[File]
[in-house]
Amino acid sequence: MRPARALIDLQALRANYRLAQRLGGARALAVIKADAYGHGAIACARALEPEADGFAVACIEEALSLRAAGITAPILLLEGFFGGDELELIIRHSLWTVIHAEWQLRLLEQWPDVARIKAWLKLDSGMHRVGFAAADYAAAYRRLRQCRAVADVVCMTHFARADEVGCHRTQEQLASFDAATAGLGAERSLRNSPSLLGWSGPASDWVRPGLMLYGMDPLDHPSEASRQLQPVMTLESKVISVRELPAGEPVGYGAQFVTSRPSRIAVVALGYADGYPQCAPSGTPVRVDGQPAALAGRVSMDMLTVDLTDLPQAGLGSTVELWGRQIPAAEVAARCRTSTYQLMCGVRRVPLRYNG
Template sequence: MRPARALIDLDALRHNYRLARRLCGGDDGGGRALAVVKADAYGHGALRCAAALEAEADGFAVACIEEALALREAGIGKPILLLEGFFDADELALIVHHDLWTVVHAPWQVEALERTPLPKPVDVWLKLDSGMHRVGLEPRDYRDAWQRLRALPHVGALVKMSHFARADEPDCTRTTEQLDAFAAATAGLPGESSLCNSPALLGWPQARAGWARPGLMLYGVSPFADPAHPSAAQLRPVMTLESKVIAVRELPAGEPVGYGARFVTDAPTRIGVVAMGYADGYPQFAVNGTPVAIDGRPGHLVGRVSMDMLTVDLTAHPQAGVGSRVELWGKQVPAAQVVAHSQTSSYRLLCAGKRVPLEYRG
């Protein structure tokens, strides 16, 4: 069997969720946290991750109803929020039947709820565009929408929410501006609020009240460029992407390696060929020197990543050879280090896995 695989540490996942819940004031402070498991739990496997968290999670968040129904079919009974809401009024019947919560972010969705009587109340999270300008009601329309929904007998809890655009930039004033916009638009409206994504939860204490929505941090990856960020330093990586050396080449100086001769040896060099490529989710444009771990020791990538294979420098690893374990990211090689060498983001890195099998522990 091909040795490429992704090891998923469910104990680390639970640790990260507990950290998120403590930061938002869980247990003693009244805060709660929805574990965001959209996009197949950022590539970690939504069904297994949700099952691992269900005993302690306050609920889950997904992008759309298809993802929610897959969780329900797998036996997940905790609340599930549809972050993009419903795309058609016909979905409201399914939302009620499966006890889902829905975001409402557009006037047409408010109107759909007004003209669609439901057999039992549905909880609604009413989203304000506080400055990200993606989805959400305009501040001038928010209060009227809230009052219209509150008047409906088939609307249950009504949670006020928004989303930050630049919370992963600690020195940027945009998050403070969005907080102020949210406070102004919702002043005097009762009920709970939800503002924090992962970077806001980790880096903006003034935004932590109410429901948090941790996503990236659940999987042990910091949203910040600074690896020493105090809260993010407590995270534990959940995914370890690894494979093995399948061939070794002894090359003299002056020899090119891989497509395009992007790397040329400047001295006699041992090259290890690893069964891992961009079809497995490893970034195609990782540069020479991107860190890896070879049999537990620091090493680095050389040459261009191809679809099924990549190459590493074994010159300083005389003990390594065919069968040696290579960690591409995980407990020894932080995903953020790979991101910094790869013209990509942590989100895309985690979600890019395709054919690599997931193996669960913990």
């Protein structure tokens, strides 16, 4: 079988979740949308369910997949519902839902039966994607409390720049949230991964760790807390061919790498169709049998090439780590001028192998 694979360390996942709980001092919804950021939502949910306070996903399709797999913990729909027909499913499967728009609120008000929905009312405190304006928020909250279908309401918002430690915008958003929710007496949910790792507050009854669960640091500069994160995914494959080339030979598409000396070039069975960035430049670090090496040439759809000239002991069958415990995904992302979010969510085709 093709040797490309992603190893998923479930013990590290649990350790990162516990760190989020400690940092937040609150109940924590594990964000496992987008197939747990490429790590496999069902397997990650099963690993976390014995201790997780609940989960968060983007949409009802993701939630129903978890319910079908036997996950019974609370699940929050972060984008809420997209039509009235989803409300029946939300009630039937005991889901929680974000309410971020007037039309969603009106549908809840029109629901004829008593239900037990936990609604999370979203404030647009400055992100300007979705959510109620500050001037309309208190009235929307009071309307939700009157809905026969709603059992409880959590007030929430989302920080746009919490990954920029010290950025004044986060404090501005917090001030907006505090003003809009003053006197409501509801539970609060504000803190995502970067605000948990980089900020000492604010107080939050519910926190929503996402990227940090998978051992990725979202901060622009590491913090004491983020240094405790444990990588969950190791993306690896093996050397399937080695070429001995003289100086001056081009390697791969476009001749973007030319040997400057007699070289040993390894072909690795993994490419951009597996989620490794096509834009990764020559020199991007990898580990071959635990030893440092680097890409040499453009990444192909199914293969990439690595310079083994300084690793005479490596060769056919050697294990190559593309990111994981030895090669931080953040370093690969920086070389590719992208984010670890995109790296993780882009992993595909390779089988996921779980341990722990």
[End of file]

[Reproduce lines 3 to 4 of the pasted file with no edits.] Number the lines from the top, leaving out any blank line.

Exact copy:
Template sequence: MRPARALIDLDALRHNYRLARRLCGGDDGGGRALAVVKADAYGHGALRCAAALEAEADGFAVACIEEALALREAGIGKPILLLEGFFDADELALIVHHDLWTVVHAPWQVEALERTPLPKPVDVWLKLDSGMHRVGLEPRDYRDAWQRLRALPHVGALVKMSHFARADEPDCTRTTEQLDAFAAATAGLPGESSLCNSPALLGWPQARAGWARPGLMLYGVSPFADPAHPSAAQLRPVMTLESKVIAVRELPAGEPVGYGARFVTDAPTRIGVVAMGYADGYPQFAVNGTPVAIDGRPGHLVGRVSMDMLTVDLTAHPQAGVGSRVELWGKQVPAAQVVAHSQTSSYRLLCAGKRVPLEYRG
């Protein structure tokens, strides 16, 4: 069997969720946290991750109803929020039947709820565009929408929410501006609020009240460029992407390696060929020197990543050879280090896995 695989540490996942819940004031402070498991739990496997968290999670968040129904079919009974809401009024019947919560972010969705009587109340999270300008009601329309929904007998809890655009930039004033916009638009409206994504939860204490929505941090990856960020330093990586050396080449100086001769040896060099490529989710444009771990020791990538294979420098690893374990990211090689060498983001890195099998522990 091909040795490429992704090891998923469910104990680390639970640790990260507990950290998120403590930061938002869980247990003693009244805060709660929805574990965001959209996009197949950022590539970690939504069904297994949700099952691992269900005993302690306050609920889950997904992008759309298809993802929610897959969780329900797998036996997940905790609340599930549809972050993009419903795309058609016909979905409201399914939302009620499966006890889902829905975001409402557009006037047409408010109107759909007004003209669609439901057999039992549905909880609604009413989203304000506080400055990200993606989805959400305009501040001038928010209060009227809230009052219209509150008047409906088939609307249950009504949670006020928004989303930050630049919370992963600690020195940027945009998050403070969005907080102020949210406070102004919702002043005097009762009920709970939800503002924090992962970077806001980790880096903006003034935004932590109410429901948090941790996503990236659940999987042990910091949203910040600074690896020493105090809260993010407590995270534990959940995914370890690894494979093995399948061939070794002894090359003299002056020899090119891989497509395009992007790397040329400047001295006699041992090259290890690893069964891992961009079809497995490893970034195609990782540069020479991107860190890896070879049999537990620091090493680095050389040459261009191809679809099924990549190459590493074994010159300083005389003990390594065919069968040696290579960690591409995980407990020894932080995903953020790979991101910094790869013209990509942590989100895309985690979600890019395709054919690599997931193996669960913990």